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FAT/FAT32/exFAT filesystems do not support users per file as common Linux filesystems, AFAIK. So, chown and chgrp will not work. However you can specify a single user/group for all files during mount sudo mount /dev/sdc /mnt/media/ -o uid=1000,gid=1000 (here /dev/sdc is just an example)


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I solve the problem by running below command $ sudo lvm lvm> lvextend -l +100%FREE /dev/ubuntu-vg/ubuntu-lv Size of logical volume ubuntu-vg/ubuntu-lv changed from 100.00 GiB (25600 extents) to <930.01 GiB (238082 extents). Logical volume ubuntu-vg/ubuntu-lv successfully resized. lvm> exit And lsblk command returns nvme0n1 259:...


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This issue was due to the the fact that I used a snap installation of ipfs sudo snap install ipfs which is restricted in scope by the nature of being a snap package. see GitIssue In order to solve this I removed my installation of ipfs and reinstalled with sudo snap install ipfs --classic


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You have to create a new entry in the /etc/fstab file. with this command: sudo blkid you get important information which UUID-number your /dev/sdb1 drive have. Save the number in a text-file. Create the directory for the target path, where you want to mount your new drive. As an example you can chose a folder with the name "mydata" in your ...


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For Windows 9x (95, 98, ME) servers, in addition to vers=1.0, you need to add the servern[etbiosname] switch when invoking mount: mount -t cifs -o vers=1.0,sec=none,user=alice,file_mode=0644,servern=SERVER //server/share /mount/point The value should be the NetBIOS name of the remote server. Here's the documentation of the switch: servernetbiosname=...


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So I got it mounted, I just don't know how I managed it. I downloaded and ran the command sudo dmraid -ay. It returned "no raid discs." I walked away for a few hours, didn't reset, and when I opened the Discs app, suddenly my RAID was there and I could mount it by clicking a button. I think the dmraid must have done it, even though it said it didn'...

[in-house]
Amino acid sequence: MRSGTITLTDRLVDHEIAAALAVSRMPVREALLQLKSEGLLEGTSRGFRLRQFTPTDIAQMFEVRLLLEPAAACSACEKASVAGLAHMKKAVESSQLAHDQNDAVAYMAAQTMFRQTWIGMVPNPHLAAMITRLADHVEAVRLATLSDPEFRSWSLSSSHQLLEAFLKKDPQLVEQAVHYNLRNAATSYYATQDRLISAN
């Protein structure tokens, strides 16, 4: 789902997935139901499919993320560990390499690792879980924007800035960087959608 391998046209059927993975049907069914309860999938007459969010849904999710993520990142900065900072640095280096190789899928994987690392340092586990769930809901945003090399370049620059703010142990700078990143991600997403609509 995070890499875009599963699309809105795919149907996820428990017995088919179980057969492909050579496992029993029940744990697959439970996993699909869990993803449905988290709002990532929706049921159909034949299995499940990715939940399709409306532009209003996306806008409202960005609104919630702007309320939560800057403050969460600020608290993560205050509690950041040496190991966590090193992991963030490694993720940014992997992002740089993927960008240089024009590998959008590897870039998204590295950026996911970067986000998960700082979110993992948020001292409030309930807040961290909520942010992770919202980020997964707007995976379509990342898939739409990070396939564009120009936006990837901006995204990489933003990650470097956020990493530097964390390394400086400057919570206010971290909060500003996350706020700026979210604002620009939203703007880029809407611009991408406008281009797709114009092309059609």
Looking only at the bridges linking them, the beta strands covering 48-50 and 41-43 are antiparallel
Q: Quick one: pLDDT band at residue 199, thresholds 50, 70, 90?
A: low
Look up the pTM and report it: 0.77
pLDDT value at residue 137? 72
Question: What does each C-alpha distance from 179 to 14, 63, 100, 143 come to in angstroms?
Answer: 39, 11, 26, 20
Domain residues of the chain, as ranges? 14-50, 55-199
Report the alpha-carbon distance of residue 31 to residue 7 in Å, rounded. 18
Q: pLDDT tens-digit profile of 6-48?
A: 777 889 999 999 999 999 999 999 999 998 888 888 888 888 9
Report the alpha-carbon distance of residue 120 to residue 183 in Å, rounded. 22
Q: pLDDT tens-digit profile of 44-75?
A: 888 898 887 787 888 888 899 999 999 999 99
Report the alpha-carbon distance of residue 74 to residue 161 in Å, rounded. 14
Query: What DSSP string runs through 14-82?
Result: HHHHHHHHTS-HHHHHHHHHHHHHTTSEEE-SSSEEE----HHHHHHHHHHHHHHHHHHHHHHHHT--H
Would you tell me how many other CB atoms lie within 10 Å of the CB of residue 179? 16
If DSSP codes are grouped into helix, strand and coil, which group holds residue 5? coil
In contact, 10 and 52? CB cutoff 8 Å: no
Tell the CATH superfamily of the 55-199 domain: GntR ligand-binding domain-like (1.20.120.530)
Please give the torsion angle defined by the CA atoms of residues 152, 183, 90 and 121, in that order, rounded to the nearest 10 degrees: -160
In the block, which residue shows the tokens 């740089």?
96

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Many device access problems can be resolved through group membership changes. You can find the device name by watching sudo journalctl --follow as you connect your device. OR ls -1 /dev >dev.before, connect the device, wait 10 seconds, ls -1 /dev >dev.after;diff dev.{before,after}. Specifically, if ls -l shows that the group permissions (the second &...


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If you are using udisks2 you can consider using udiskie for this. udiskie-info -a This command will show all manageable attached devices. to mount or unmount these devices use these commands: udiskie-mount /dev/device udiskie-umount /dev/device Where devices are mounted can be specified in a config file for udiskie, default is /media or /run/media.


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Perhaps, it could be the kernel version each Ubuntu's, do they have both same kernel? You might check this link out about netdev


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This should be solvable by providing the owner of the share in the mount command. Try options : uid=user1,gid=user1,username=user1


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To auto mount a disk append a line in /etc/fstab : PARTUUID=[a-letter-digit-hypen-code] /mount/point hfsplus defaults 0 0 I am not sure about "hfsplus" but I take it from your question. An example to get the [a-letter-digit-hypen-code]: sudo blkid /dev/sdx1 #sudo is not required in all cases here /dev/sdx1 from the example is retrieved from: ...